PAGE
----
“Beloved, if God so loved us, we also ought to love one another.” –1 John 4:11
The practical implication of being reconciled to the source of love is that the Christian is not only loved but is also enabled to love. Romans 5:5 says, “God’s love has been poured into our hearts through the Holy Spirit who has been given to us.” Because the Holy Spirit puts the love of God into the root of our new nature, we can bear fruit that begins with love. As Galatians 5:22 says, “The fruit of the Spirit is love.”
In addition to being the source of all love, God has also defined love for us:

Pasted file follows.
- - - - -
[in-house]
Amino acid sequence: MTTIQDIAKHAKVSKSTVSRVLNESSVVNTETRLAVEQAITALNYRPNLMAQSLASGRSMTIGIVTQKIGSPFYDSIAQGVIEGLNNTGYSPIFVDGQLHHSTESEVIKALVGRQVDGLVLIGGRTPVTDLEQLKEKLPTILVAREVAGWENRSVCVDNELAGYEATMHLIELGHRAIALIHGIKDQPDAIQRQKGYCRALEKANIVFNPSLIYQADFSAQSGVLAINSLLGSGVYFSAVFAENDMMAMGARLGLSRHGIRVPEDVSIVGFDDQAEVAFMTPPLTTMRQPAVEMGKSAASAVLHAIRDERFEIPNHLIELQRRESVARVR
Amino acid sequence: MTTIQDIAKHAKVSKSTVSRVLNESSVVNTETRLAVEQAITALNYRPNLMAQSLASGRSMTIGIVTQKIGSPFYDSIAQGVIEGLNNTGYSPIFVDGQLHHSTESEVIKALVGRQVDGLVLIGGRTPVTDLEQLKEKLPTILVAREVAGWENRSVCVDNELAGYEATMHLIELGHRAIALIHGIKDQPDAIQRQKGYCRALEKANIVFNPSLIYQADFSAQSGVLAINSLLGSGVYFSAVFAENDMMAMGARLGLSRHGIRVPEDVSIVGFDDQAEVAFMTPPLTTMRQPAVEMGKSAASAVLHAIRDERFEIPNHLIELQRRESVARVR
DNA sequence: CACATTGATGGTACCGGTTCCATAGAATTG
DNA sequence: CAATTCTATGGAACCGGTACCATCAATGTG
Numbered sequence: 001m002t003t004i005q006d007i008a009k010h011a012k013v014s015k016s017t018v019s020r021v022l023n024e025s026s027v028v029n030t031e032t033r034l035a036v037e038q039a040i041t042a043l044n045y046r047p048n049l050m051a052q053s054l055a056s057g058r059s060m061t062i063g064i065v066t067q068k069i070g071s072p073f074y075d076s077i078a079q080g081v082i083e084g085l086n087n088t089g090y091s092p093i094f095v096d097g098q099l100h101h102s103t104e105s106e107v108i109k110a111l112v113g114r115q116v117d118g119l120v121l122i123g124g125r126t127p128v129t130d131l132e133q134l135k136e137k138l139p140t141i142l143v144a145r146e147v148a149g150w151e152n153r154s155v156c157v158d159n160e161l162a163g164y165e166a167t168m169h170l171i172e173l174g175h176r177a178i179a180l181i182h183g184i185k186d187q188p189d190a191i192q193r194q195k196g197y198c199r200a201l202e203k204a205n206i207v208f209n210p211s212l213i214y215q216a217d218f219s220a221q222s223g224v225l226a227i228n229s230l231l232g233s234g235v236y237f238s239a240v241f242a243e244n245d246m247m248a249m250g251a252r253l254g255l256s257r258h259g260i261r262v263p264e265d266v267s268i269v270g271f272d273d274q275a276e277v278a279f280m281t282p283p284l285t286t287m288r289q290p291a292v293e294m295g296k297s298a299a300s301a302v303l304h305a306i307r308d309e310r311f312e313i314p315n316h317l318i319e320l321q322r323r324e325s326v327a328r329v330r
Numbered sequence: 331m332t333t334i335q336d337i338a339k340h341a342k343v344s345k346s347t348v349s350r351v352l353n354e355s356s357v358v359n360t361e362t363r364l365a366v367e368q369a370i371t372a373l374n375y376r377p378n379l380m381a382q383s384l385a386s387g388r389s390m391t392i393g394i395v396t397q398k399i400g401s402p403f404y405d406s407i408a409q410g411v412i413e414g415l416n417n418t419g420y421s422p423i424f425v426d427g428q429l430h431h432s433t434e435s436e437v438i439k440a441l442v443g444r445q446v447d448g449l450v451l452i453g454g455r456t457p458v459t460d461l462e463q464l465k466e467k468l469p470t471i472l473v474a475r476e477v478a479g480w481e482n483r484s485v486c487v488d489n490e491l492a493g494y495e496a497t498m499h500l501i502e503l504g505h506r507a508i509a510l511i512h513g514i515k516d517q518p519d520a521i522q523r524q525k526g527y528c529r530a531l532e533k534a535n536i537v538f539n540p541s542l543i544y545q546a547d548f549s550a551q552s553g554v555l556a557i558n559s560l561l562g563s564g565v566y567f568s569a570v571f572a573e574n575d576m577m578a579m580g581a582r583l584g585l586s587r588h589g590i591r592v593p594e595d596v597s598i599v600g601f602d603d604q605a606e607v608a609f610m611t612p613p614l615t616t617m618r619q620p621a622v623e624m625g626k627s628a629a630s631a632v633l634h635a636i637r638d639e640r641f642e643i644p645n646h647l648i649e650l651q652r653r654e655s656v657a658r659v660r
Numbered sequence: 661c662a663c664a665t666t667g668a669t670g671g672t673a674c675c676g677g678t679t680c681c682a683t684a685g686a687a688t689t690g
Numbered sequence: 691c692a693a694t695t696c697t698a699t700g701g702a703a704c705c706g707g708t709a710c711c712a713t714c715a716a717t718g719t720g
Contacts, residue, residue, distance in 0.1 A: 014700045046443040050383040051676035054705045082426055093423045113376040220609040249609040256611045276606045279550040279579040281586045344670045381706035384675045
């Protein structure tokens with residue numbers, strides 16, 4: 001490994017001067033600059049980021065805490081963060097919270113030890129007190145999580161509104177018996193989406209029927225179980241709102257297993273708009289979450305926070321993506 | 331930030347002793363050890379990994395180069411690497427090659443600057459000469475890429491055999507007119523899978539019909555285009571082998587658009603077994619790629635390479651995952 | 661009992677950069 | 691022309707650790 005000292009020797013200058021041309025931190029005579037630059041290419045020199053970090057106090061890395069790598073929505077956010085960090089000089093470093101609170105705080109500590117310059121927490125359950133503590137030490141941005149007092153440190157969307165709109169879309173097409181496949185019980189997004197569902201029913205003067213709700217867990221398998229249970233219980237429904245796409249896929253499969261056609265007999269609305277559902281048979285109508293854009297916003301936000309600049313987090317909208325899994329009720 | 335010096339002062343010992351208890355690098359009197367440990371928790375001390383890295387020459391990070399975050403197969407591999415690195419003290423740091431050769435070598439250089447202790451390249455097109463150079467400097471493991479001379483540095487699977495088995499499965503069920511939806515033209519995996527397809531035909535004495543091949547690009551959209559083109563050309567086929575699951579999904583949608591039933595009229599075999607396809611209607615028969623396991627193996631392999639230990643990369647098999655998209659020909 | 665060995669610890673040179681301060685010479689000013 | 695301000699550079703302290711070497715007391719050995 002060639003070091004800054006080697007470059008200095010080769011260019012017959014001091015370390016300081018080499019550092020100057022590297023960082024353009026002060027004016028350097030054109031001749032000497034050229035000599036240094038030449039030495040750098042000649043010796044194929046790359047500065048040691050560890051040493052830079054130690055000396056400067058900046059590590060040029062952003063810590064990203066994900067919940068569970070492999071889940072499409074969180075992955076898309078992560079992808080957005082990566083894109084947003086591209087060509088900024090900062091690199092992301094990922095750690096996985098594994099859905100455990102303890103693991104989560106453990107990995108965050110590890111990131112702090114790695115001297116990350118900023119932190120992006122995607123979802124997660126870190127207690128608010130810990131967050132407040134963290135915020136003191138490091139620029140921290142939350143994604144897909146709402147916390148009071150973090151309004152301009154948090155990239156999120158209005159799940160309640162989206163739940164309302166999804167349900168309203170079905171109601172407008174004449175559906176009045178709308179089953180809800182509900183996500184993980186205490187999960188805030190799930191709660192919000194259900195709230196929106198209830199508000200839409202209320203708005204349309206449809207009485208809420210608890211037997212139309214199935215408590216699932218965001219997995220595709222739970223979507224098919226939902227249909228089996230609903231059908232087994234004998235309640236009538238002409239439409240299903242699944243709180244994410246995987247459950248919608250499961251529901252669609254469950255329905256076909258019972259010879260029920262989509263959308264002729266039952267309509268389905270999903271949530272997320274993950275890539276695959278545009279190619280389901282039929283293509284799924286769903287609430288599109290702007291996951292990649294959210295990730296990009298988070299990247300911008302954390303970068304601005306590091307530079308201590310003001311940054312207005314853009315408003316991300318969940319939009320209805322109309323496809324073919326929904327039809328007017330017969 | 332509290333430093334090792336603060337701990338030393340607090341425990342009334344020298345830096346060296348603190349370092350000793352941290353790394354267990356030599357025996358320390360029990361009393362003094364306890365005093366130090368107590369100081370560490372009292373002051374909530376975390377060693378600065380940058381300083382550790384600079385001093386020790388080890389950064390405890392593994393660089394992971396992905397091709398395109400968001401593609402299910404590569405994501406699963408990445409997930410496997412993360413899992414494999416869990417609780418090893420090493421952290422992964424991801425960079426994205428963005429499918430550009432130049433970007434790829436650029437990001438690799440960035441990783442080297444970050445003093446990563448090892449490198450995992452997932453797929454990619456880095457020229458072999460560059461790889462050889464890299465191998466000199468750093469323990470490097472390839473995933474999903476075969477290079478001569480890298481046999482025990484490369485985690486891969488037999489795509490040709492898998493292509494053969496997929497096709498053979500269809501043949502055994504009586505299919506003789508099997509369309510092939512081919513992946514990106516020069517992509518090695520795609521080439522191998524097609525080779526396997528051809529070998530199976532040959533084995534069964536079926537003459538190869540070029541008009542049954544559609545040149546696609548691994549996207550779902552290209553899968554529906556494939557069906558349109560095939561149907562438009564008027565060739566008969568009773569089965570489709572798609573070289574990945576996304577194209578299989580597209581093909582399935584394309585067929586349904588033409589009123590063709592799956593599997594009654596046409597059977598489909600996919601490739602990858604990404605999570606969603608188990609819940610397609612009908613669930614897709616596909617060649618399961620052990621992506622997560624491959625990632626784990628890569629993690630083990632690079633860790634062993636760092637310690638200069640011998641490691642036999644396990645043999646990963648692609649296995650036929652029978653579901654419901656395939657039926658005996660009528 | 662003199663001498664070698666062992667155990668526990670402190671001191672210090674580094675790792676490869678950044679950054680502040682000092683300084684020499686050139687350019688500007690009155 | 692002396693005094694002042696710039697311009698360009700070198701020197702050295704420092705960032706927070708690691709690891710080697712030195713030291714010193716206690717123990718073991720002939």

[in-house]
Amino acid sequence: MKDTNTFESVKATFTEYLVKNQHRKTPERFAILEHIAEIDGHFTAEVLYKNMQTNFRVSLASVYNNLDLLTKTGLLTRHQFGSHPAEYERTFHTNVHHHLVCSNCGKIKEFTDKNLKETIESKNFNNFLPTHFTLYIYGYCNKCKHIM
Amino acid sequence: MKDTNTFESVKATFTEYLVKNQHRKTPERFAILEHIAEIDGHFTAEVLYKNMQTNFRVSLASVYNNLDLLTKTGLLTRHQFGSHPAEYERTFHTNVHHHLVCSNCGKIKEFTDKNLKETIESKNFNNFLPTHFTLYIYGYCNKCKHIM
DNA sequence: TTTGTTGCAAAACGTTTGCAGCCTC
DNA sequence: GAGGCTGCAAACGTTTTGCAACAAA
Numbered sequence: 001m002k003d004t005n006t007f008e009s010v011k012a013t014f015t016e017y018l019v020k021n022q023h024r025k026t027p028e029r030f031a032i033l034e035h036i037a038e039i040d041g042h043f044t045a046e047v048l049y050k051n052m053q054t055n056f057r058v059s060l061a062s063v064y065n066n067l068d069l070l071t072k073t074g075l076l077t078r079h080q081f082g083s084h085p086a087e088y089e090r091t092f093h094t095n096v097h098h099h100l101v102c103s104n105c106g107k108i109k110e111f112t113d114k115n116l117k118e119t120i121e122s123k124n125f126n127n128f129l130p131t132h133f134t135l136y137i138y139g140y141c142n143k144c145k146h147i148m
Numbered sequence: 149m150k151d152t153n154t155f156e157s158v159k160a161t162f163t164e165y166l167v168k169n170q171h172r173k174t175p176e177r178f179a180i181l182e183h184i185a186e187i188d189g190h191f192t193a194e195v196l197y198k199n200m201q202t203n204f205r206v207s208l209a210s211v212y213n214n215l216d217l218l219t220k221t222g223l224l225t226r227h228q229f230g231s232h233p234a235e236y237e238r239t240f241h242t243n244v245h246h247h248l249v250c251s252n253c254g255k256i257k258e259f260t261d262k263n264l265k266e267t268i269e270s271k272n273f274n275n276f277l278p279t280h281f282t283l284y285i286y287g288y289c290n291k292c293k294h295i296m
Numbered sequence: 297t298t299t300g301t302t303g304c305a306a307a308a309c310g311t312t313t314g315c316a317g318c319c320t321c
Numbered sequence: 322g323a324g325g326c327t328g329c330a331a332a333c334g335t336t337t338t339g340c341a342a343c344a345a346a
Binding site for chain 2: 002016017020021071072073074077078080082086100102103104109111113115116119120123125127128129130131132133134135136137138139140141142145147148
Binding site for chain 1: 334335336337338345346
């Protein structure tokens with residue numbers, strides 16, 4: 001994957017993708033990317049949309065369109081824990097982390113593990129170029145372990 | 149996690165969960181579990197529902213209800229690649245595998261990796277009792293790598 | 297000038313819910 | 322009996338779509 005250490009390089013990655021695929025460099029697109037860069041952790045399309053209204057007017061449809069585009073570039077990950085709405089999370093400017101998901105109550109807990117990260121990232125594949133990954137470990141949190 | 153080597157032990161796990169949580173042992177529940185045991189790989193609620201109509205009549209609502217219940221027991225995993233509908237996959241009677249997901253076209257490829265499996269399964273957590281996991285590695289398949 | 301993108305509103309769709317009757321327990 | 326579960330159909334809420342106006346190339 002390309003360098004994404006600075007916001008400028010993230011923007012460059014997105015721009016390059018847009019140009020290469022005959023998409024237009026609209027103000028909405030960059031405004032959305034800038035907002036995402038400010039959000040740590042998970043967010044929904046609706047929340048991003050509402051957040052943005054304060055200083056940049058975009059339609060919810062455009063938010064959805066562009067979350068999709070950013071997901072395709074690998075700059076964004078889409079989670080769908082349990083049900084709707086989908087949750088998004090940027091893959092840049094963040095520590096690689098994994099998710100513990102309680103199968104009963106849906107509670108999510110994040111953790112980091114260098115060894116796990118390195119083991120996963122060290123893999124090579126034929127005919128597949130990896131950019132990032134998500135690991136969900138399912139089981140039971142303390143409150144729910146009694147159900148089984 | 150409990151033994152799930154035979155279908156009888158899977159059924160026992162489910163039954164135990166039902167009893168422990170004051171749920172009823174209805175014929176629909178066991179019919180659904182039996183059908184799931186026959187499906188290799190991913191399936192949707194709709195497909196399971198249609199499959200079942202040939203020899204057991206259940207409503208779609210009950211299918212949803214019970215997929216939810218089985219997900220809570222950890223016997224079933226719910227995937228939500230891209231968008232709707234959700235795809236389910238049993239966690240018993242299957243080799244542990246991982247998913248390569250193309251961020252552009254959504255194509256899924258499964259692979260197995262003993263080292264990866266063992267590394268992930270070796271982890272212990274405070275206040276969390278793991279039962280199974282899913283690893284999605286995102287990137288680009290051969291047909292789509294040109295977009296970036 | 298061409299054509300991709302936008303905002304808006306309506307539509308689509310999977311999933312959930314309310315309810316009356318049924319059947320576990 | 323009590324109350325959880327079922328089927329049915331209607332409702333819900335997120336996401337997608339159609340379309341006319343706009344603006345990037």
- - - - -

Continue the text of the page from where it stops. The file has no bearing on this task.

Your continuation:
Love is patient and kind; love does not envy or boast; it is not arrogant or rude. It does not insist on its own way; it is not irritable or resentful; it does not rejoice at wrongdoing, but rejoices with the truth. Love bears all things, believes all things, hopes all things, endures all things. Love never ends.11
Jesus himself said that this kind of supernatural Trinitarian love would be among the chief marks of a Christian church. In John 13:35 he said, “By this, all people will know that you are my disciples if you have a love for one another.”
According to the Bible, the mark of Christian maturity and true spirituality is love. And, the more we understand and experience the love of God the more loving we become toward God and others.
Is there any area in the definition of love above that you need to focus on improving in?
11 1 Cor. 13:4–8.